Community contribution funds help for rough sleepers

Tue, 06/11/2018

Former rough sleepers are being hired by local charities to help others off the streets – thanks to funding provided by Westminster residents.

The extra help for rough sleepers has been made possible by Westminster City Council’s community contribution fund. The scheme, launched in March this year, involves asking the top Band ‘H’ householders to voluntarily pay an extra element alongside their council tax.

Westminster City Council today confirms that the scheme has already raised nearly £400,000. Those donating have picked three priorities for the money to go on – people sleeping on Westminster’s streets; youth support and tackling isolation across the generations.

The money being raised will go towards:

  • £60,000 towards employing two ex-rough sleepers to become Westminster ‘buddies’ – helping people on the streets who may be distrustful of mainstream authority
  • £70,000 available in grants to organisations who help rough sleepers
  • £130,000 for schemes that provide young people with jobs skills or training
  • £130,000 to go towards initiatives that combat loneliness in the community – not just among the elderly but also the young.

Just over 15,000 letters are this week being sent to those Band H householders who did not respond to an initial letter this year outlining how the community contribution scheme works.

Cllr Nickie Aiken, leader of Westminster City Council, said: “When we first floated the idea of a community contribution scheme, cynics said it would flop, and that wealthy householders didn’t care what happened in their neighbourhoods.

“The hundreds of thousands of pounds being allocated today shows they do care – and they are quite specific what they want this money to go towards. What began life as an experiment based on our gut instinct is turning into a solid way of helping Westminster’s wider community.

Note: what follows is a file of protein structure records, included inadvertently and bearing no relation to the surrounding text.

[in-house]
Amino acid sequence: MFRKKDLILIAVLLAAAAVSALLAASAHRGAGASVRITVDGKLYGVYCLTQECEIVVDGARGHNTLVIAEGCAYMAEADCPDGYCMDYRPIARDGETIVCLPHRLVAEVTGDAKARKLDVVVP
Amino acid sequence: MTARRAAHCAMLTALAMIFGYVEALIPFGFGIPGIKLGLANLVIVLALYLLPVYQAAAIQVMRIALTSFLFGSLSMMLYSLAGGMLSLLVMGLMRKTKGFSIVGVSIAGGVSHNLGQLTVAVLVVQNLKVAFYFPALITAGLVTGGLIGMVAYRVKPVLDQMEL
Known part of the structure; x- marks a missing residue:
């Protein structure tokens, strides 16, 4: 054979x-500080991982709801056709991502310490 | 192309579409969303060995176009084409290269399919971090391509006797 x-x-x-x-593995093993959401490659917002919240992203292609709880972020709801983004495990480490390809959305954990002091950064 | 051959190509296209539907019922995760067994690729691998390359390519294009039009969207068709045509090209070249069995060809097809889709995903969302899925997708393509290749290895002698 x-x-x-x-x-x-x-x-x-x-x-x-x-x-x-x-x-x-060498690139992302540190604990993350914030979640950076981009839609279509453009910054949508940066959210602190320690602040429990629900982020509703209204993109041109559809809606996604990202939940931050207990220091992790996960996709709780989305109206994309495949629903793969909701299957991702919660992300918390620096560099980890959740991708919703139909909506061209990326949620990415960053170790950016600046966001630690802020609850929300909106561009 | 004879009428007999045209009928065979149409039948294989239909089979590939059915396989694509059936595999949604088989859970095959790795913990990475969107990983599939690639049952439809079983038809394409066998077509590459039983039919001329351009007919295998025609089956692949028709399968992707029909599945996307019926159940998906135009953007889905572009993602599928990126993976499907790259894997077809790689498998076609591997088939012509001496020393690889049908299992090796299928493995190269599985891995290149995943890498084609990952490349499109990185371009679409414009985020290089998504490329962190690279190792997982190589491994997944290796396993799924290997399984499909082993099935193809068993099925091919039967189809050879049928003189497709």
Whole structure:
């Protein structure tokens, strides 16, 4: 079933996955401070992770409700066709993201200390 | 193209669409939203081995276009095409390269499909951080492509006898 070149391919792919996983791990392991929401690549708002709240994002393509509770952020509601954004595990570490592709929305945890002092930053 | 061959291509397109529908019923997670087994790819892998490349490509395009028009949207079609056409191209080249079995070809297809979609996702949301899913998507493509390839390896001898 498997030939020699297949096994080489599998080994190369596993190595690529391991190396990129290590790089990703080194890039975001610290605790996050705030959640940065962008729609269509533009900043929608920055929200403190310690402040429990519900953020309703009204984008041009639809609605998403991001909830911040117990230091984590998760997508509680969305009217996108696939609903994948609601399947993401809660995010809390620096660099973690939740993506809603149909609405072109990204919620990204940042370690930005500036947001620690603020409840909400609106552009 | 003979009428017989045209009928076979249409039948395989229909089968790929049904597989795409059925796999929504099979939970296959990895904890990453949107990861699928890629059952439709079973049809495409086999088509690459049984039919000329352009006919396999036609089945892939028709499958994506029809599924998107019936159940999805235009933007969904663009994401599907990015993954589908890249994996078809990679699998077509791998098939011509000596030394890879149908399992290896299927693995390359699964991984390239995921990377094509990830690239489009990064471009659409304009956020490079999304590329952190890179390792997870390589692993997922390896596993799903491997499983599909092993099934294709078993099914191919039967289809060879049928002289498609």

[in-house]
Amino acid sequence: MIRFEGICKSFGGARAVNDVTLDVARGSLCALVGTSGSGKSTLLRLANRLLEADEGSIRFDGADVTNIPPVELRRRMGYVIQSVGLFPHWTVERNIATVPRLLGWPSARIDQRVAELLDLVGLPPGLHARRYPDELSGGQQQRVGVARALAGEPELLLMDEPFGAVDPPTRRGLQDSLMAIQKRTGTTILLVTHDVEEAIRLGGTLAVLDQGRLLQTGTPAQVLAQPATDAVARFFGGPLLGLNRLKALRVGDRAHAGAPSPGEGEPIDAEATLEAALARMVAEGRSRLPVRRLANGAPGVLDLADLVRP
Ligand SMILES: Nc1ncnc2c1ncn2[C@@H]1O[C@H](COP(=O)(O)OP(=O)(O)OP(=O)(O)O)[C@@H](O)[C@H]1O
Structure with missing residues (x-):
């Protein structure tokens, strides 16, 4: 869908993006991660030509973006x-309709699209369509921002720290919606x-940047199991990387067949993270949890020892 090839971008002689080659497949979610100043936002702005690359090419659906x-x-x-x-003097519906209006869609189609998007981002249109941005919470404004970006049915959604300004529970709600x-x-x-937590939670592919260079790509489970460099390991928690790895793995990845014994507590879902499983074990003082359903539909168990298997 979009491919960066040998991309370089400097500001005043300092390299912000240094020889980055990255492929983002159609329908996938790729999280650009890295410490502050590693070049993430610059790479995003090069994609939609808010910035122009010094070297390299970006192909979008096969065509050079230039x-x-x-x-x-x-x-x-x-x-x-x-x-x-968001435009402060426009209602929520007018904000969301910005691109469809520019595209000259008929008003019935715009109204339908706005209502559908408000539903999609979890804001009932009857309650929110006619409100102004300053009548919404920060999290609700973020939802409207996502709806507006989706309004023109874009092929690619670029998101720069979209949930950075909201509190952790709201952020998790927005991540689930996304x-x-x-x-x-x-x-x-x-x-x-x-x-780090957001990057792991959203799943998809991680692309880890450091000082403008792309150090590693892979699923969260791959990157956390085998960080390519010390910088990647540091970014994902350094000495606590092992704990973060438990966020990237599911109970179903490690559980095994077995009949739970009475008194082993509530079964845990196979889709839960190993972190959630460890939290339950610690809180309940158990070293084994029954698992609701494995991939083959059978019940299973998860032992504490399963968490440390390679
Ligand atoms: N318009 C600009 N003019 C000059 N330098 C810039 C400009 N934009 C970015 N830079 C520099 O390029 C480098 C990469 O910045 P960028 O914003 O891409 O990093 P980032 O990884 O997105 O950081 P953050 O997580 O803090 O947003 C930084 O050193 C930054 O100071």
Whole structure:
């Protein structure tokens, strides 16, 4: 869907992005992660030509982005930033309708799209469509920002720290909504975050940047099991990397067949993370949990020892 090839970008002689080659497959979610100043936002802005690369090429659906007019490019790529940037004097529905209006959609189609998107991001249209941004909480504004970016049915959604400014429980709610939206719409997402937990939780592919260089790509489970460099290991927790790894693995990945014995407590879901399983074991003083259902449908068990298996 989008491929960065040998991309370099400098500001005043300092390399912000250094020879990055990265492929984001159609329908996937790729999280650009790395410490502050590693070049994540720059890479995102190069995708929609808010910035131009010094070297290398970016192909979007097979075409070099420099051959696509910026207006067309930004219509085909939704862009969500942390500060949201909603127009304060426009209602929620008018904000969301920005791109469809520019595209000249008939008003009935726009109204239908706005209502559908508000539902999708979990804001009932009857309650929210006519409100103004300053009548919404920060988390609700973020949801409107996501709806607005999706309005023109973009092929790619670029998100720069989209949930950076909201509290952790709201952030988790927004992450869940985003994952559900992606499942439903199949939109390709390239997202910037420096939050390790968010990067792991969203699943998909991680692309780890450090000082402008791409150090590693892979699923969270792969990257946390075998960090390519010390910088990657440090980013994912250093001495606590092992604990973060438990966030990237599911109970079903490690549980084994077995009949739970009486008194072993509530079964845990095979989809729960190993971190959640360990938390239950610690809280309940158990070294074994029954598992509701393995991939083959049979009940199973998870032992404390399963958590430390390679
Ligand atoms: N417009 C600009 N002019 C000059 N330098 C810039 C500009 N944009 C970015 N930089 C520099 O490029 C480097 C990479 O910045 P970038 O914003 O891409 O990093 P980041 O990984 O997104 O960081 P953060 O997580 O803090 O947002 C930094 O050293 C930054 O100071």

“A lot of band H householders may have been unconvinced or uncertain how this scheme would work. We are writing to them again to say; ‘This is the kind of thing money raised is going towards – do you want to think about making a contribution?’

“I think everyone will see the value of this work. Isolation in the heart of the capital may seem an odd thing, but we know lots of people do feel it. The expectation is that this is mainly a problem for elderly people, but teenagers and children can suffer too. In the midst of a city of millions, there are people who feel on the margins and we want to help.”

All projects that receive funding must be completed within 15 months and have to operate in Westminster. 

Spending decisions are made by the City of Westminster Charitable Trust, a seven-member organisation which oversees the money raised.

Charitable status allows those giving money to use Gift Aid.

One current Westminster ‘Buddy’, former rough sleeper Richard Simpson, today said he believed the community contribution funding would help get real results on the streets.

Richard said: “What happened to me could happen to anyone. Sometimes it can take a couple of months to earn the trust of someone you’re trying to support. But they know that we’ve been through some of the same experiences as them, so they’re more inclined to listen to us. We can get them engaged with some of the services.

“It’s great that money raised from the community contribution is going towards a project like the one I benefited from. It means getting direct help to those on the streets and a lifeline to a better future."

Last updated: 9 November 2018